Spiced Light Whole Wheat Sourdough Batard
Pound, pound, pound 'til the wheat berries were ground. Bounded by a creed to heed to the flavours of the grain, I pained and maimed my fingers, arms, and shoulders.
After nearly an hour of mortar-ing and pestle-ing, the seeds bled a fine sand of flour, blotched with bits and grits of bran and germ. And what did my efforts amount to? Just twenty-eight grams (or one ounce) of freshly ground flour.
And that's why grain mills exist.
Based on Peter Reinhart's "Transitional Country Hearth Bread" recipe from his book Whole Grain Breads, the above loaf contained a set of firsts:
- My first time shaping a dough into a batard
- My first time incorporating freshly ground flour into dough (albeit only 3% of total flour weight)
- My first time converting my former rye starter to a white starter
- My first time boldly baking a loaf until lightly charred
Look at those blisters, like bubbles in boiling water. Some of you may find this mesmerising. Others may think my loaf had succumbed to an illness---bread pox maybe?
Hoping that two parallel ears would form, I scored two cuts along the length of the dough. As you can see, it didn't turn out as expected. Perhaps my incisions weren't deep enough. Or perhaps my slashes weren't properly angled. Or perhaps both.
Well, that ain't right...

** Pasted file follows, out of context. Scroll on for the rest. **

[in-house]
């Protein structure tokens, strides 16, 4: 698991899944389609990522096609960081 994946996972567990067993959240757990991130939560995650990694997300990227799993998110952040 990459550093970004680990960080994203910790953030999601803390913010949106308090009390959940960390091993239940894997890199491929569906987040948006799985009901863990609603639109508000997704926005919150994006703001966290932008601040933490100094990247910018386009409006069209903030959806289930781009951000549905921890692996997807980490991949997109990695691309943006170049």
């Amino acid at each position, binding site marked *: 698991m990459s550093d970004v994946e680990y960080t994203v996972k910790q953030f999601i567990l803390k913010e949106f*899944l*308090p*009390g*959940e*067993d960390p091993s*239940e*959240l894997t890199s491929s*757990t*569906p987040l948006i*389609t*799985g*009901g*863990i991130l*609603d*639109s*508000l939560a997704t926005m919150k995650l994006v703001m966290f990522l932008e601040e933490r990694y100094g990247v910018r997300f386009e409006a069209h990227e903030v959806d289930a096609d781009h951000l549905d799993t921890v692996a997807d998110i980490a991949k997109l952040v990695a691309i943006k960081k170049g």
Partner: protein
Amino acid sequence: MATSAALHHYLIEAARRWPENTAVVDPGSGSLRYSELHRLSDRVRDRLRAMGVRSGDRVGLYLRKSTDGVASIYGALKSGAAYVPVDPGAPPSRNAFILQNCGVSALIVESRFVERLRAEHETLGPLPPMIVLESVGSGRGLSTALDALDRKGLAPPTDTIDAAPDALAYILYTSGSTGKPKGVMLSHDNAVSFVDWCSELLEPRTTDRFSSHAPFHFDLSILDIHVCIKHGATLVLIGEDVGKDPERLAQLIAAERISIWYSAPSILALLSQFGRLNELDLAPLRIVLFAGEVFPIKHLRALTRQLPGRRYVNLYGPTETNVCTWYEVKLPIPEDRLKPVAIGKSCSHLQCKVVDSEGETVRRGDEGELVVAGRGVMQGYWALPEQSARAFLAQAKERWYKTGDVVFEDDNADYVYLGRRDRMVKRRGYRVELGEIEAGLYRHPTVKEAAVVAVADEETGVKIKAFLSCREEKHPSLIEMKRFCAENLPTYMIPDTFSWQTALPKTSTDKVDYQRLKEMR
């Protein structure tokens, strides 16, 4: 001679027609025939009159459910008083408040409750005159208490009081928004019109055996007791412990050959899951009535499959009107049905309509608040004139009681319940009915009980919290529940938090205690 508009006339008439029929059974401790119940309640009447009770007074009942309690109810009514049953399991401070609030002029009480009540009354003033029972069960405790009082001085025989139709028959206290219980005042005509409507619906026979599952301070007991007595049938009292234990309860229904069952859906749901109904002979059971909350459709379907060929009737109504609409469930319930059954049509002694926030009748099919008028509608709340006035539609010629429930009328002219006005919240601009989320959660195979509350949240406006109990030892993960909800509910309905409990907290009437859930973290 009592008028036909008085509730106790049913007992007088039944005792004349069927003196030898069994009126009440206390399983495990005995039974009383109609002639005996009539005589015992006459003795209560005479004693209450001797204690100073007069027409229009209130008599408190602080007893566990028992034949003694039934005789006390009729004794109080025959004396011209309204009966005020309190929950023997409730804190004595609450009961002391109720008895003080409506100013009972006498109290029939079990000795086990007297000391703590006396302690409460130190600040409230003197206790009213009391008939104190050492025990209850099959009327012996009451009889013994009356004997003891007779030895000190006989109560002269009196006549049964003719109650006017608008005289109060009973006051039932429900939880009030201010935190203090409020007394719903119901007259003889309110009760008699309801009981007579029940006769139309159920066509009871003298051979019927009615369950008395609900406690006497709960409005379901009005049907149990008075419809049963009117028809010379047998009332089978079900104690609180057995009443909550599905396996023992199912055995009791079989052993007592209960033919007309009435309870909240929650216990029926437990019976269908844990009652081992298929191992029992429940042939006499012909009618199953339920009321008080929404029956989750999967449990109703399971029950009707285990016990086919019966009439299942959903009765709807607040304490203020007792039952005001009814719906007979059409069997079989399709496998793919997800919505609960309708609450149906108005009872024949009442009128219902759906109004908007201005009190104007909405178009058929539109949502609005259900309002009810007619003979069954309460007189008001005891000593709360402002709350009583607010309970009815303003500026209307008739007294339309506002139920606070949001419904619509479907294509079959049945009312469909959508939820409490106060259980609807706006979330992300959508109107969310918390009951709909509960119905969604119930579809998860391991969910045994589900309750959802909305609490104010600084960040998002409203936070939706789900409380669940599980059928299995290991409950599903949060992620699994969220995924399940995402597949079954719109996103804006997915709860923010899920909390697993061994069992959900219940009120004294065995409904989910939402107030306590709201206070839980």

I was aiming for a slightly open crumb but what I got, it seems, was a tunneling effect. Was this the result of poor shaping or gluten degradation? I don't know, really. Moreover, the bottom crust was thin and pale brown. Evidentally, my baking stones (i.e., unglazed clay tiles) weren't hot enough.
The flavour profile:
After being cooled for more than twelve hours, the loaf had permeated my room with a deep, complex, and wheaty aroma. After sinking my teeth into the flesh of the bread---pleasantly chewy and slightly moist---I became grossly bewildered; my taste buds registered subtle sweetness and mild nuttiness. How was this possible, I pondered. This bread wasn't contaminated with sugar or nuts. Was it the freshly ground flour? Yes, it had to be!
As I chewed, savoury toastiness and a tinge of bitterness progressively unveiled itself, likely caused by the scorched crust. But wait, where was the tang? Reflecting on my past actions, I faulted my overfed starter and one hour bulk fermentation for the lack of piquancy.
All in all, it was a good loaf. Just a lil' more practice and I can perk up the flavours a notch or two.
:) Thanks for reading my post. Have a happy baking and wish you all the best,
P.S. Please feel free to input your tips and suggestions. It'd be much appreciated. Thank you in advance!